I’ve been involved in a discussion of wool yarn vs. acrylic on one of my friends’ blogs…and realized I’m taking over the comments. So….I’ll bring it here, instead. First up - I am a fiber/yarn SNOB. I prefer natural fibers over the plastic, oil-derived synthetics. So....there's that. Now then....
Yes, acrylic is, generally, cheaper than wool. However, it’s got a lot of things going against it – it’s not anywhere NEAR as warm as wool (and there IS scientific evidence to back that up!), it’s flammable (it’ll melt. NOT safe for children’s use),….and it’s not a renewable resource. It does have a few things going For it (I’m trying to be fair, here) – it comes in a wild variety of colors, some of it is sinfully soft (OK, not as soft as Cashmere or Merino, but still…), and it’s machine washable and dryable. (Wool CAN be machine washed – I do it all the time. The trick is to wash on Cold/Cold, and set it on the Handwash/delicate cycle. As long as there is no heat, and the agitation is low, you should have NO felting/shrinkage. Your mileage may vary – but I machine wash my handSPUN – handknits all the time. It is still more labor-intensive than acrylics, though.)
On the price issue, you CAN buy 100% wool yarn for as little (or even LESS, in some cases) as a comparable (well…as comparable as it gets. :giggle:) acrylic. Depends on where you shop – Smileys Yarns and KnitPicks have the best everyday prices; sales help, too. I bought the yarn for Sweet Geek’s cardigan from KnitPicks – 21 balls of Wool of the Andes, for (if I remember correctly) $2.19/ball. ($45.99 for the yarn; I got free shipping because I ordered a book or something with it to meet their requirement) I’m going to have some left over, I think – but I’d rather that then running short and not being able to match dyelots. My chullo? Was $16 for the yarn….and I have enough left for another hat (and possibly a 3rd one…we’ll see. Sweet Geek has already ordered a chullo for himself. :lol:) For comparison’s sake…Wool-Ease (a Wool/Acrylic blend) is $4.99/ball (last I checked)…it would take probably 12-15 balls (again, I’m working from memory here…..might take more) for the Cardigan. ($5 x 12 = $60. Whoa – the 100% wool works out CHEAPER!)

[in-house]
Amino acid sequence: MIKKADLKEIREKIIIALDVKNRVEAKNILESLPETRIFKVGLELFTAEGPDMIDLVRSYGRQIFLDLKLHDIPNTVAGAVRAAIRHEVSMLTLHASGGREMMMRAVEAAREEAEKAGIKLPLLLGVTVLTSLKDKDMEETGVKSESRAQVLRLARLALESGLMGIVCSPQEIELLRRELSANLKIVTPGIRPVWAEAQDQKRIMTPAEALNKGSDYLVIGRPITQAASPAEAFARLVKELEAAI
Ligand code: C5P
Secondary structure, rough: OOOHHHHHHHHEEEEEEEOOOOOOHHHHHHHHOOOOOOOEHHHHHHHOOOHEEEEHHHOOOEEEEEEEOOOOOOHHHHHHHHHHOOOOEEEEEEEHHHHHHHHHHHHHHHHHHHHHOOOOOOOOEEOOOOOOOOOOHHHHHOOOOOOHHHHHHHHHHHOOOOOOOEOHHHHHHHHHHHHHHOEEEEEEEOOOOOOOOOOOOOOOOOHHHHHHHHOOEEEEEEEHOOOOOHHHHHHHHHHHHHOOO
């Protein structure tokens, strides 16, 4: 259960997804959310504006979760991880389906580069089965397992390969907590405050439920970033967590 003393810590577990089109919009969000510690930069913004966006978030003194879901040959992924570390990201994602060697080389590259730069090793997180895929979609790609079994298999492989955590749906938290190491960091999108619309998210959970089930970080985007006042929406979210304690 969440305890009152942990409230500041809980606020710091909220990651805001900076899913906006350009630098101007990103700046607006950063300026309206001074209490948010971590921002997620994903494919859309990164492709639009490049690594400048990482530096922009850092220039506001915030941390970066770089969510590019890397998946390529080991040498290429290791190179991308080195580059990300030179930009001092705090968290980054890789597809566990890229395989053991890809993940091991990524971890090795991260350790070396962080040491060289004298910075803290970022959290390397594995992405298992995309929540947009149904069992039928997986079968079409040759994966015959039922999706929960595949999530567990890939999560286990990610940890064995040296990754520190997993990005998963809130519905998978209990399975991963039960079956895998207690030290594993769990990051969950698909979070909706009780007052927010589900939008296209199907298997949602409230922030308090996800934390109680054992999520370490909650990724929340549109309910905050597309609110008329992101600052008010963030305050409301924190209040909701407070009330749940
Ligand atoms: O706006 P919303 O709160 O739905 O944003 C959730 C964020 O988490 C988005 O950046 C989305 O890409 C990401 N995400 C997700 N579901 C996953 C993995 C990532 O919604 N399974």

Now, let’s look at socks (since that came up too, and I am a sock-knitting addict). Sock yarn is NOT cheap – I mean, who, in their right mind, would pay $6/pair? (That’s a direct price from Smiley’s Yarn for 80/20 Sock Yarn. $2.99/ball; 2 balls per pair. That’s about as cheap as you can get for socks!) I mean, you can buy 6 pairs of socks from Wally-world for…$8? I think? (Call it $1.50/pair – it works out to $1.3333333/pair). Huh. OK. How long (honestly, here) do those commercial socks last? In our house, for Sweet Geek, they last MAYBE 1 month. So, $1.50 for 1 month of socks (he’s hard on socks, yes……Herself’s socks last maybe 2 months. So…commercial socks suck. :lol: AND they don’t fit correctly, but that’s not part of THIS discussion. Yet.)
Still, it sounds like commercial socks win this round, doesn’t it? Only…I am still wearing socks I knit for myself 7 years ago. So….7 years/$6….that’s $1.16/year/pair. Huh. Granted, that’s for the cheaper sock yarn – and I’m not sure it’ll last THAT long..so. Lorna’s Laces. $20/pair is the cheapest I’ve bought it….that works out to $2.87/year/pair. Still not that bad! And they're STILL going strong - some of the Fortissima Colori that I got from Germany when it first came out is starting to wear thin, but the socks are still in rotation. I'm just replacing them as I can, now.
Then, of course, there’s the whole “Fit” thing. I don’t know about you, but 1 size fits most generally DOESN’T include ME. I’m not Most. The commercial-style heels (I KNOW I’ve mentioned this before!) do NOT fit my foot right – they wiggle around, and slip down into my arch, and generally drive me crazy. Hand-knit heels (Flap-and-Gusset, if you please!) fit my slightly narrow heel/high arches perfectly. I can mimic that in a “High-Heel” on my CSM – and I usually do. There’s also the problem of foot length – most commercial socks are too long for my size 9 woman’s foot. I get the toe bunched up in the shoe, and it hurts. By knitting my own socks, I can customize the fit (even on the CSM!), and I don’t have those problems. Plus, you can’t buy commercial socks in the wild-and-crazy colorways you can buy in sock yarn. (If that’s a “thing” you like. I do….:grin: )
Speaking of color…you can’t change the color of acrylic. Not with home methods, anyway – RIT (which is expensive…but I digress) is only for wool or cotton (OK, silk too - but why would you dye Silk with RIT??). It won’t bind to acrylic at all (Yes, I’ve tested that. I managed to turn a red horse blanket red. With black RIT. It…was ugly. :lol: ) Don’t like the color of the wool yarn you got for pennies? Dunk it in a Kool-Aid pot. (Depending on what color you began with, of course. Don’t expect to change black/dark blue/dark ANY color yarn to something else – it won’t work. You can overdye yellow/white/light colored yarn, though. It’s fun – AND educational!) (Yes, Kool-Aid is a permanent dye. It’s why I won’t give it to my kids anymore. Yes it’s more expensive than “real” fiber dyes – but it’s also Kid-safe (well…..) and easily available. Easter Egg dyes/food color works, too. Just remember to add a chug of vinegar to the pot – it helps bind the color to the fiber.)